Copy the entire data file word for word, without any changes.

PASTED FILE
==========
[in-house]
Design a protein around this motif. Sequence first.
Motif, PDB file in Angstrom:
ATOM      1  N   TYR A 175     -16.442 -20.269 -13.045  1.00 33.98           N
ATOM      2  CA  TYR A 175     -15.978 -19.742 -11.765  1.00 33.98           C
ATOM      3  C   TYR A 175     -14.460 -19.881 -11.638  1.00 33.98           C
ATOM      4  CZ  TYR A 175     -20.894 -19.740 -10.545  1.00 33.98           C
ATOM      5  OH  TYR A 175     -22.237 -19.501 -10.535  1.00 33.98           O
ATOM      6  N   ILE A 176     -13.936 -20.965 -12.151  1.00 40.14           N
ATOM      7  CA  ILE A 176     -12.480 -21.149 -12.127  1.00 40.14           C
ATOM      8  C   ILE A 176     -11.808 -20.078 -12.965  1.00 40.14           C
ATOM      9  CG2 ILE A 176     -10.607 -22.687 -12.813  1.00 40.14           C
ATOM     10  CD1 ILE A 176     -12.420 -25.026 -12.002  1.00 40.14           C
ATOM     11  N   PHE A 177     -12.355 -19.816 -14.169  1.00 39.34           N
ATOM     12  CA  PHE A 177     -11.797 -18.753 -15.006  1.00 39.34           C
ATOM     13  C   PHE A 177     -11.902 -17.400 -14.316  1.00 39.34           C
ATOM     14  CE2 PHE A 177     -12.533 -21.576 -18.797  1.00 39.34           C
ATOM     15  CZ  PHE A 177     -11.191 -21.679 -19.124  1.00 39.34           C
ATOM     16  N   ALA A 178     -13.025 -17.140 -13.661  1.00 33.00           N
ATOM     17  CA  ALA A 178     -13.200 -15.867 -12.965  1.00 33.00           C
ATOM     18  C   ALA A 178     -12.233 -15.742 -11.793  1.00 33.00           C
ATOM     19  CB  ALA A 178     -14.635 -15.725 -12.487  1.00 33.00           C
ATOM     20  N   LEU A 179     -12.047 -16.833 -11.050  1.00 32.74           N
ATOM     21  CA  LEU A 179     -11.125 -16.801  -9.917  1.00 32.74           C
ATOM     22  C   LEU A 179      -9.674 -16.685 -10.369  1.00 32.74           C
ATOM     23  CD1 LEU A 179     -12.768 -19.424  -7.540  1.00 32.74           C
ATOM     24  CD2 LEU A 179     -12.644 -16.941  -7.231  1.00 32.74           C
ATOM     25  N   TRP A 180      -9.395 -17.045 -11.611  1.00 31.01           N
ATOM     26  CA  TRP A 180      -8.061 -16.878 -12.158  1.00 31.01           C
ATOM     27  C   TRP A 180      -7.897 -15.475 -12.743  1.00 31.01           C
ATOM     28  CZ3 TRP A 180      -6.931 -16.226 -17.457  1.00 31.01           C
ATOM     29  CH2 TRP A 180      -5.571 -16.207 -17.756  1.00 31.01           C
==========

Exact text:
[in-house]
Design a protein around this motif. Sequence first.
Motif, PDB file in Angstrom:
ATOM      1  N   TYR A 175     -16.442 -20.269 -13.045  1.00 33.98           N
ATOM      2  CA  TYR A 175     -15.978 -19.742 -11.765  1.00 33.98           C
ATOM      3  C   TYR A 175     -14.460 -19.881 -11.638  1.00 33.98           C
ATOM      4  CZ  TYR A 175     -20.894 -19.740 -10.545  1.00 33.98           C
ATOM      5  OH  TYR A 175     -22.237 -19.501 -10.535  1.00 33.98           O
ATOM      6  N   ILE A 176     -13.936 -20.965 -12.151  1.00 40.14           N
ATOM      7  CA  ILE A 176     -12.480 -21.149 -12.127  1.00 40.14           C
ATOM      8  C   ILE A 176     -11.808 -20.078 -12.965  1.00 40.14           C
ATOM      9  CG2 ILE A 176     -10.607 -22.687 -12.813  1.00 40.14           C
ATOM     10  CD1 ILE A 176     -12.420 -25.026 -12.002  1.00 40.14           C
ATOM     11  N   PHE A 177     -12.355 -19.816 -14.169  1.00 39.34           N
ATOM     12  CA  PHE A 177     -11.797 -18.753 -15.006  1.00 39.34           C
ATOM     13  C   PHE A 177     -11.902 -17.400 -14.316  1.00 39.34           C
ATOM     14  CE2 PHE A 177     -12.533 -21.576 -18.797  1.00 39.34           C
ATOM     15  CZ  PHE A 177     -11.191 -21.679 -19.124  1.00 39.34           C
ATOM     16  N   ALA A 178     -13.025 -17.140 -13.661  1.00 33.00           N
ATOM     17  CA  ALA A 178     -13.200 -15.867 -12.965  1.00 33.00           C
ATOM     18  C   ALA A 178     -12.233 -15.742 -11.793  1.00 33.00           C
ATOM     19  CB  ALA A 178     -14.635 -15.725 -12.487  1.00 33.00           C
ATOM     20  N   LEU A 179     -12.047 -16.833 -11.050  1.00 32.74           N
ATOM     21  CA  LEU A 179     -11.125 -16.801  -9.917  1.00 32.74           C
ATOM     22  C   LEU A 179      -9.674 -16.685 -10.369  1.00 32.74           C
ATOM     23  CD1 LEU A 179     -12.768 -19.424  -7.540  1.00 32.74           C
ATOM     24  CD2 LEU A 179     -12.644 -16.941  -7.231  1.00 32.74           C
ATOM     25  N   TRP A 180      -9.395 -17.045 -11.611  1.00 31.01           N
ATOM     26  CA  TRP A 180      -8.061 -16.878 -12.158  1.00 31.01           C
ATOM     27  C   TRP A 180      -7.897 -15.475 -12.743  1.00 31.01           C
ATOM     28  CZ3 TRP A 180      -6.931 -16.226 -17.457  1.00 31.01           C
ATOM     29  CH2 TRP A 180      -5.571 -16.207 -17.756  1.00 31.01           C